At the beginning of the 21st century, alcoholism, transnational drug trafficking and drug addiction constitute major problems in various South Asian countries. The production, circulation and consumption of intoxicating substances created (and responded to) social upheavals in the region and had widespread economic, political and cultural repercussions on an international level. This book looks at the cultural, social, and economic history of intoxicants in South Asia, and analyses the role that alcohol and drugs have played in the region.
The book explores the linkages between changing meanings of intoxicating substances, the making of and contestations over colonial and national regimes of regulation, economics, and practices and experiences of consumption. It shows the development of current meanings of intoxicants in South Asia – in terms of politics, cultural norms and identity formation – and the way in which the history of drugs and alcohol is enmeshed in the history of modern empires and nation states — even in a country in which a staunch teetotaller and active anti-drug crusader like Mohandas Gandhi is presented as the ‘father of the nation’.
Primarily a historical analysis, the book also includes perspectives from Modern Indology and Cultural Anthropology and situates developments in South Asia in wider imperial and global contexts. It is of interest to scholars working on the social and cultural history of alcohol and drugs, South Asian Studies and Global History.
Table of Contents
Introduction: Indian Anomalies? - Drink and Drugs in the Land of Gandhi Jana Tschurenev and Harald Fischer-Tiné Part 1: Trajectories: reconstructing the history of intoxicants in the pre-colonial and early colonial periods 1. Alcohol in Pre-Modern South Asia James McHugh 2. Opium, the East India Company and the ‘Native’ States Amar Farooqui Part 2: Cultural Encounters: European alcohol and drug consumption in the situation coloniale 3. ‘What shall become of the mission when we have such incompetent missionaries there?’: Drunkenness and mission in eighteenth century Danish East India Tobias Delfs 4. Liquid Boundaries: race, class, and alcohol in colonial India Harald Fischer-Tiné 5. Looking for Spirituality in India: a German theosophist's experiments with ganja (1894-1896) Maria Moritz Part 3: Nationalism and Internationalism: contested regulatory regimes 6. The Opium Question in Colonial Assam Kawal Deep Kour 7. Internationalizing the Indian War on Opium: colonial policy, the nationalist movement and the League of Nations Maria Framke 8. ‘Drunkards beware!’: Prohibition and nationalist politics in the 1930s Robert Eric Colvard Part 4: Postcolonial India: the legacy of prohibitionist politics 9. The Culture of Prohibition in Gujarat Carolyn Heitmeyer and Edward Simpson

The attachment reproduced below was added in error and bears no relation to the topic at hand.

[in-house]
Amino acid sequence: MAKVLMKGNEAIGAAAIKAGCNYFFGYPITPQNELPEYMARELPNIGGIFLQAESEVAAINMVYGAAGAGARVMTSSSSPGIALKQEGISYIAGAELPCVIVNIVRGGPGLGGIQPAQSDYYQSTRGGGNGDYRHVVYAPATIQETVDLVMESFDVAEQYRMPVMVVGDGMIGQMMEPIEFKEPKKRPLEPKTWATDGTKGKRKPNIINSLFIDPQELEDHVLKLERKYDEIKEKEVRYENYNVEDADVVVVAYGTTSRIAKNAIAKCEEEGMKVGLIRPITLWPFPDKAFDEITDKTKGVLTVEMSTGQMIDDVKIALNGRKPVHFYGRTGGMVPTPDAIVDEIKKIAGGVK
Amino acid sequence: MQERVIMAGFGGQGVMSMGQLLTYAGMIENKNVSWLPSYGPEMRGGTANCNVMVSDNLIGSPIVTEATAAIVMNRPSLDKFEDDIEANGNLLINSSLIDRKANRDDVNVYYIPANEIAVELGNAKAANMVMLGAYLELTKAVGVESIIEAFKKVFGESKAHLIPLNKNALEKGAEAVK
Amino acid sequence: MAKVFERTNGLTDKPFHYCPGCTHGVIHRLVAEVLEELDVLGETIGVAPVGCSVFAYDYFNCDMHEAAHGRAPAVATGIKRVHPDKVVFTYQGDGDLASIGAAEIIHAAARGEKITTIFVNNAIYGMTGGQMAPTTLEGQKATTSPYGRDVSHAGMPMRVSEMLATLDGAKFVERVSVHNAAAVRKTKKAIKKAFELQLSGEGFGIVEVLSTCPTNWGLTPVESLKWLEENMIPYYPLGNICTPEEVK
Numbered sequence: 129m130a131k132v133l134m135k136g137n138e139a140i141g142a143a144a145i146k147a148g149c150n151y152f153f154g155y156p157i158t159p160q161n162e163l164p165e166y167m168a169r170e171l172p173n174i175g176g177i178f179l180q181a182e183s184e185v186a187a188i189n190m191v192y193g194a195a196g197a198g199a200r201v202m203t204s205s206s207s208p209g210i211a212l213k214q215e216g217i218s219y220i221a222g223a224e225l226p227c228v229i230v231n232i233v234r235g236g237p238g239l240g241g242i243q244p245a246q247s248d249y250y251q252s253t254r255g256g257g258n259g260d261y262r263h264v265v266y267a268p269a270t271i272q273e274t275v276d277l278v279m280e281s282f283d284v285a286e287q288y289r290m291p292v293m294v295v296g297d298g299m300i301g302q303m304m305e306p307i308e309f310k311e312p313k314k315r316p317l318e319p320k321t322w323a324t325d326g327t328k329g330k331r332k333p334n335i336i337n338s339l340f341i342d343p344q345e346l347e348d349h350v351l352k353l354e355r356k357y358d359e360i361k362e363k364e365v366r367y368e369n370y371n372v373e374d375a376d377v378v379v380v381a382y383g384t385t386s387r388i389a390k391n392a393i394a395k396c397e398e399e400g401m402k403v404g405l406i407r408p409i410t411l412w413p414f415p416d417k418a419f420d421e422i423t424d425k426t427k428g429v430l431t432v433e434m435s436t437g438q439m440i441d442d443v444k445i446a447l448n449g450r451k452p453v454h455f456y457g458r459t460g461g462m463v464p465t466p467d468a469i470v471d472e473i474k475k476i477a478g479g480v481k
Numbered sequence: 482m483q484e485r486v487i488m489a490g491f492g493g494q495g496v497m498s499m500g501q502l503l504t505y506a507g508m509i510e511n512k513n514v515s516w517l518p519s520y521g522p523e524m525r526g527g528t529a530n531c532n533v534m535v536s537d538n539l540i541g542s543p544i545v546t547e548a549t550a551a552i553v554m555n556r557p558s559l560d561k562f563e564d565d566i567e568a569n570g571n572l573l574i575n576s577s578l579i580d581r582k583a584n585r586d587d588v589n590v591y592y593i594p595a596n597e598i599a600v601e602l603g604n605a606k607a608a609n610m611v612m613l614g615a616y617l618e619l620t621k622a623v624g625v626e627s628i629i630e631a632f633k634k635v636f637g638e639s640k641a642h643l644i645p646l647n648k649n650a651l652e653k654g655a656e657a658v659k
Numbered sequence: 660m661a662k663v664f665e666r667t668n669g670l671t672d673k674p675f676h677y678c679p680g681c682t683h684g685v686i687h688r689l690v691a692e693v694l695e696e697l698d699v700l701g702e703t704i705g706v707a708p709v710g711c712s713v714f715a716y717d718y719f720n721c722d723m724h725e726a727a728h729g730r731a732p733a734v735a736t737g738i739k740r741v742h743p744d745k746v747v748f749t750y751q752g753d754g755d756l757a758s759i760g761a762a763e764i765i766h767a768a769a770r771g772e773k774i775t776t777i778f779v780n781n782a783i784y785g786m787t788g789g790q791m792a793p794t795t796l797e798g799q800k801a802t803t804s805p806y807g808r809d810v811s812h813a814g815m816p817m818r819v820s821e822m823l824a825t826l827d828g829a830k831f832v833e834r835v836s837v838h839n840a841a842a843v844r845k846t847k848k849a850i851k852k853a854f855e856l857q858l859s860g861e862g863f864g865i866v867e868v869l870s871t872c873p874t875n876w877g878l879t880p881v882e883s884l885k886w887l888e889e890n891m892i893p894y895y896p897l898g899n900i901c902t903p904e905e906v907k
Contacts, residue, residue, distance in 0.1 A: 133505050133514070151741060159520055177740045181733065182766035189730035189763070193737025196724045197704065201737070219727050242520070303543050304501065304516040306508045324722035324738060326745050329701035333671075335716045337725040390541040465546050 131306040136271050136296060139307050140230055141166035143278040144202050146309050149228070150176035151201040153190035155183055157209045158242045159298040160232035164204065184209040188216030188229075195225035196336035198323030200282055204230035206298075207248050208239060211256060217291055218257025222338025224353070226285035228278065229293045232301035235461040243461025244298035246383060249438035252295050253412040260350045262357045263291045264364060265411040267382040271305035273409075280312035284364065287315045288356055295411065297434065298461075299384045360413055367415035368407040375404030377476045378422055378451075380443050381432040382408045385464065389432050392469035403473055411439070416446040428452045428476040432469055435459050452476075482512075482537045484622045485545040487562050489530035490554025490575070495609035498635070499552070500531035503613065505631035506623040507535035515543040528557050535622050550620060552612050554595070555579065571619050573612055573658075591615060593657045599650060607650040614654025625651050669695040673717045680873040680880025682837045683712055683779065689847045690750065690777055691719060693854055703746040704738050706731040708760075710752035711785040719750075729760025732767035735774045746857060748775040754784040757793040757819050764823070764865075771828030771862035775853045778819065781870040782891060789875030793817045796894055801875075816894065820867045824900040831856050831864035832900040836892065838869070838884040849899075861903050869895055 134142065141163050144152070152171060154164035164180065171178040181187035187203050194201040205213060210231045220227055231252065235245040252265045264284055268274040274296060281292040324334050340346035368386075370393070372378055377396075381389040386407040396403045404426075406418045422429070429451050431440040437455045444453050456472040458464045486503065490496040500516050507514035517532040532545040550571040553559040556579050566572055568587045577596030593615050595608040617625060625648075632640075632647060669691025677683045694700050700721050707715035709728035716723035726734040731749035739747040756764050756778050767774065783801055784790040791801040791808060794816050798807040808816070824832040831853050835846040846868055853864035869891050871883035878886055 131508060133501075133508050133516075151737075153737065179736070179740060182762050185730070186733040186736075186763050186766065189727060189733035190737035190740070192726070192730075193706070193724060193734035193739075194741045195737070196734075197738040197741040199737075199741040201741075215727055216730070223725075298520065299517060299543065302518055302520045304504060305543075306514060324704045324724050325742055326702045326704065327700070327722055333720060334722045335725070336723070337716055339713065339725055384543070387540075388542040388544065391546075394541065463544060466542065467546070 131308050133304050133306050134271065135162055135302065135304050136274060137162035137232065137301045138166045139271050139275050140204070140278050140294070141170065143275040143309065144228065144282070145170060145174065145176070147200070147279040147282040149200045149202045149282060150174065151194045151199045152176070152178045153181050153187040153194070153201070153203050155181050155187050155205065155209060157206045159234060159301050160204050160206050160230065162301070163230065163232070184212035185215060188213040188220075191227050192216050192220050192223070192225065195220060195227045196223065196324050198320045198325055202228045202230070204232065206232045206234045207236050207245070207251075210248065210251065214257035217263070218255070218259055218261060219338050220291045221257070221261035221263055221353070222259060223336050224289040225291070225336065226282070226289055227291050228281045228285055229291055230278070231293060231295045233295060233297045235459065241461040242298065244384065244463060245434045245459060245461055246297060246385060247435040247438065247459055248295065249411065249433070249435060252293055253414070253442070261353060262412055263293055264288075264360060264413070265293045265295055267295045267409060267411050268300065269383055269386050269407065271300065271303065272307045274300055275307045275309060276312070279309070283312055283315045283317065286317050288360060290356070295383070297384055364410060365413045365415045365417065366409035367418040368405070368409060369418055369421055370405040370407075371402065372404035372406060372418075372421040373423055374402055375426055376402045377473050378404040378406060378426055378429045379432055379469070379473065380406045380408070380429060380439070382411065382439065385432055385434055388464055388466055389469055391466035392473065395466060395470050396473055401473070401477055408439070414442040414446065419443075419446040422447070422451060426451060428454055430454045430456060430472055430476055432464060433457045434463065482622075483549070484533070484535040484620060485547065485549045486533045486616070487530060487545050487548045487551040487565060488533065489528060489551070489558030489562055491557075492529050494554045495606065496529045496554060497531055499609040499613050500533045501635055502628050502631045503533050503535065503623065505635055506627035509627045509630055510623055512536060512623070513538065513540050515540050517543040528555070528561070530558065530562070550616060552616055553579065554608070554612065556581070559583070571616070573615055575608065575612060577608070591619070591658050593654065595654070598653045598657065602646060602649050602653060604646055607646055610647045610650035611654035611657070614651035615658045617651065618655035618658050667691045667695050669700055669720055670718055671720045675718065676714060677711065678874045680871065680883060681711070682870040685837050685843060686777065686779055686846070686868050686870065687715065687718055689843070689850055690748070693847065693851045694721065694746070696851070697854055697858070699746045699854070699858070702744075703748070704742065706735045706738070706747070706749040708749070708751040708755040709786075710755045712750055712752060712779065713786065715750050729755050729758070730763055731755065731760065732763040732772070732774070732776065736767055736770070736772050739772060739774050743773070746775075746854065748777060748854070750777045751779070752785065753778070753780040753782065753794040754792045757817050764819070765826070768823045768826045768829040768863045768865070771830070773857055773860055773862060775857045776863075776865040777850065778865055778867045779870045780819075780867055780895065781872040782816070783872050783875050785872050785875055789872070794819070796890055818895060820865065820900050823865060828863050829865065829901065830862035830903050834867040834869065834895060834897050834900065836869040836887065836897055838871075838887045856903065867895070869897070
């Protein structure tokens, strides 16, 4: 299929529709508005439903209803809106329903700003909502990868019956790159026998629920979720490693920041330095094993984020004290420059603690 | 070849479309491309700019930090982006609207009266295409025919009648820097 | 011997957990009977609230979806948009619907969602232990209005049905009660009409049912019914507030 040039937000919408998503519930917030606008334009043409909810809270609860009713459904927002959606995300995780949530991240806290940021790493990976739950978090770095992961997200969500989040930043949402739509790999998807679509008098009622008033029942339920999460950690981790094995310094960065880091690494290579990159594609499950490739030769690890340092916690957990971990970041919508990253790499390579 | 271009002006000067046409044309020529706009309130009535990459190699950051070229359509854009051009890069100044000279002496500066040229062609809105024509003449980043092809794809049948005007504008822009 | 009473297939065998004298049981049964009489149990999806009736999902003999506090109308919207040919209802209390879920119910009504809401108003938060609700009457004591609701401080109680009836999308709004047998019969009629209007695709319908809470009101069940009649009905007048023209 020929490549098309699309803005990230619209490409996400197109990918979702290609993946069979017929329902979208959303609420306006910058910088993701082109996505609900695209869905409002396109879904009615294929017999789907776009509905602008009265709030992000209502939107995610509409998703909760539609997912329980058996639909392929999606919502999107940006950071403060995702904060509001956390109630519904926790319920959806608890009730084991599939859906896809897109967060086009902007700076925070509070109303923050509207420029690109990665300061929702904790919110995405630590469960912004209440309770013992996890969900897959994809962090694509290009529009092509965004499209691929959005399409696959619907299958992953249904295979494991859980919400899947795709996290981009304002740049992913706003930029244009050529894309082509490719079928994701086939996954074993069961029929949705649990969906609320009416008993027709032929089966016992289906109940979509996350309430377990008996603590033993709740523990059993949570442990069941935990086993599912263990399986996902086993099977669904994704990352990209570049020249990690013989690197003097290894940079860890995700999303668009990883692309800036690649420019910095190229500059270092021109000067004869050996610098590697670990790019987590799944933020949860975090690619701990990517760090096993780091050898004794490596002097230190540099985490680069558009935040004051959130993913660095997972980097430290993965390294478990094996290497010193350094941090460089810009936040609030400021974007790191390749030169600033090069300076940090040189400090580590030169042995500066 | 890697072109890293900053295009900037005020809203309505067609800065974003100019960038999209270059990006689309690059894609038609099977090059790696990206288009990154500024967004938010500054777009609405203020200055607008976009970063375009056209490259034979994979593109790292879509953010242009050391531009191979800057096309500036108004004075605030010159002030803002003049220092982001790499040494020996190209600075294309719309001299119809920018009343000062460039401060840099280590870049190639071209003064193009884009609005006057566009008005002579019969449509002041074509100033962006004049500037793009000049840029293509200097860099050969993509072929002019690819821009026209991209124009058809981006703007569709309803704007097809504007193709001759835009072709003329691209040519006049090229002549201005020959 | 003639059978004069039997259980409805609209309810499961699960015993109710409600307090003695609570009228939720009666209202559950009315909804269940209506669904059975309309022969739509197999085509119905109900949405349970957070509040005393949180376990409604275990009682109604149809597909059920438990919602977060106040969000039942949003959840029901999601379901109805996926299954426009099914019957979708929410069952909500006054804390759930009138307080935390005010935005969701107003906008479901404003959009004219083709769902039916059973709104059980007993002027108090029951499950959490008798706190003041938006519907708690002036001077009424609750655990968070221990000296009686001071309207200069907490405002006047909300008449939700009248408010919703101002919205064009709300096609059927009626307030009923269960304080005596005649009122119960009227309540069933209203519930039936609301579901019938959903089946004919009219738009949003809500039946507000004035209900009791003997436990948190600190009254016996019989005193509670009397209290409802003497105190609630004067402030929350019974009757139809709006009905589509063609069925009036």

Harald Fischer-Tiné is Professor of Modern Global History at the Swiss Federal Institute of Technology (ETH-Zürich), Switzerland.
Jana Tschurenev is a Research Fellow at the Centre for Modern Indian Studies at the University of Göttingen. Germany.